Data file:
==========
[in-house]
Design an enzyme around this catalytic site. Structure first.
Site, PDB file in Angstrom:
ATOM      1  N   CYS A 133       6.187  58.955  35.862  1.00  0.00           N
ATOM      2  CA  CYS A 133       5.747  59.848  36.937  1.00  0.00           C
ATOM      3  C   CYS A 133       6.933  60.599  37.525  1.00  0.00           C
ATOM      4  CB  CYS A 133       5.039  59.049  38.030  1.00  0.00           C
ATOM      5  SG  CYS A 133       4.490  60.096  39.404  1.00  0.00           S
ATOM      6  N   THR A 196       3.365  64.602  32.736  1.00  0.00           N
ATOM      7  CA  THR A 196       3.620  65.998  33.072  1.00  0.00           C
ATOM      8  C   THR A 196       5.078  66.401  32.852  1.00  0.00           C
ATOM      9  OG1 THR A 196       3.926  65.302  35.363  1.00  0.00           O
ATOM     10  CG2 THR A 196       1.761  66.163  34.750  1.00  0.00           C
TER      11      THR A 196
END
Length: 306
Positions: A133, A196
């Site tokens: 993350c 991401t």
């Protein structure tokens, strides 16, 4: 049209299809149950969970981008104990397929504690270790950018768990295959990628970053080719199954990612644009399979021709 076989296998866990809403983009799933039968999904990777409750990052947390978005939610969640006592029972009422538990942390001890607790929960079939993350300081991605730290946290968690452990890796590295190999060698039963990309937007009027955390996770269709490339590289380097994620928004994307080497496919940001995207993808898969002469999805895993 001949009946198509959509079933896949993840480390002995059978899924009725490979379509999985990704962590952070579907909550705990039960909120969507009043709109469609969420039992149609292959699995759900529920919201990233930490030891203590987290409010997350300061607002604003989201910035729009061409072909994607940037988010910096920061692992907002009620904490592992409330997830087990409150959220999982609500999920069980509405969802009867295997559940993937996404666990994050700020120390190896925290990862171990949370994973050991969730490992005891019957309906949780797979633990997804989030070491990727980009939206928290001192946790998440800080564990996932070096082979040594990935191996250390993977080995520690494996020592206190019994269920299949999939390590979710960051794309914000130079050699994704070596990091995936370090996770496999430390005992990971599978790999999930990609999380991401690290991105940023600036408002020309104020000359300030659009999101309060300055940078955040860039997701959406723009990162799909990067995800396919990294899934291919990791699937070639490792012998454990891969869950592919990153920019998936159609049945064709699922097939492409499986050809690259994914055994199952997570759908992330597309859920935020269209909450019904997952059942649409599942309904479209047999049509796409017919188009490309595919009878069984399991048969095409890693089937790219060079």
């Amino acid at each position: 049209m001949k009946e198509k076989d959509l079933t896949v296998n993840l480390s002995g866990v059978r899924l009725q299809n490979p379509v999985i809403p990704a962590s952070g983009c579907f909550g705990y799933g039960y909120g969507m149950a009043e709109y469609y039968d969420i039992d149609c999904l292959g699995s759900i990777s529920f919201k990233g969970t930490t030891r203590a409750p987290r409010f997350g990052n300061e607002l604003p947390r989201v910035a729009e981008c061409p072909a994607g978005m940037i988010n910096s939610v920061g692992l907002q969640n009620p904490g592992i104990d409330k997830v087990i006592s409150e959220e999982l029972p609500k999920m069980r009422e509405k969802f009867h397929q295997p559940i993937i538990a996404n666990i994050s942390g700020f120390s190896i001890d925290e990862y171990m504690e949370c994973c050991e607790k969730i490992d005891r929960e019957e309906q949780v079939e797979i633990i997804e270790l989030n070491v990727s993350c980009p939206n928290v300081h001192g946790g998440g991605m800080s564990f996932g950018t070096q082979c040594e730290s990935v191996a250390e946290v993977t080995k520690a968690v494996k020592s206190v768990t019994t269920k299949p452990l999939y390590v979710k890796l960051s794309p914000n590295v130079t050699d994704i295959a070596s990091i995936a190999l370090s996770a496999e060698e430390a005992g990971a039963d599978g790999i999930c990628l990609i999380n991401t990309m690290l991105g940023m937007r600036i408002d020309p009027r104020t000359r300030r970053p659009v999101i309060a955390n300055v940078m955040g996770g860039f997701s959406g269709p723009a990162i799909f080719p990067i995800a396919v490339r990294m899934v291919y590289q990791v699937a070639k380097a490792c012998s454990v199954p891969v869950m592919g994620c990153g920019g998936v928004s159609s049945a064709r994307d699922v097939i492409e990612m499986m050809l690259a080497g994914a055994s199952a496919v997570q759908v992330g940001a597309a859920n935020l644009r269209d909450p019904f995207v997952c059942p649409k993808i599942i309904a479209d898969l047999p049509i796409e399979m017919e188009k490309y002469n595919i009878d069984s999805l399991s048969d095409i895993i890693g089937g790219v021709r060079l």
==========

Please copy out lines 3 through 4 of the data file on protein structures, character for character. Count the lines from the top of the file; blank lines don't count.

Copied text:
Site, PDB file in Angstrom:
ATOM      1  N   CYS A 133       6.187  58.955  35.862  1.00  0.00           N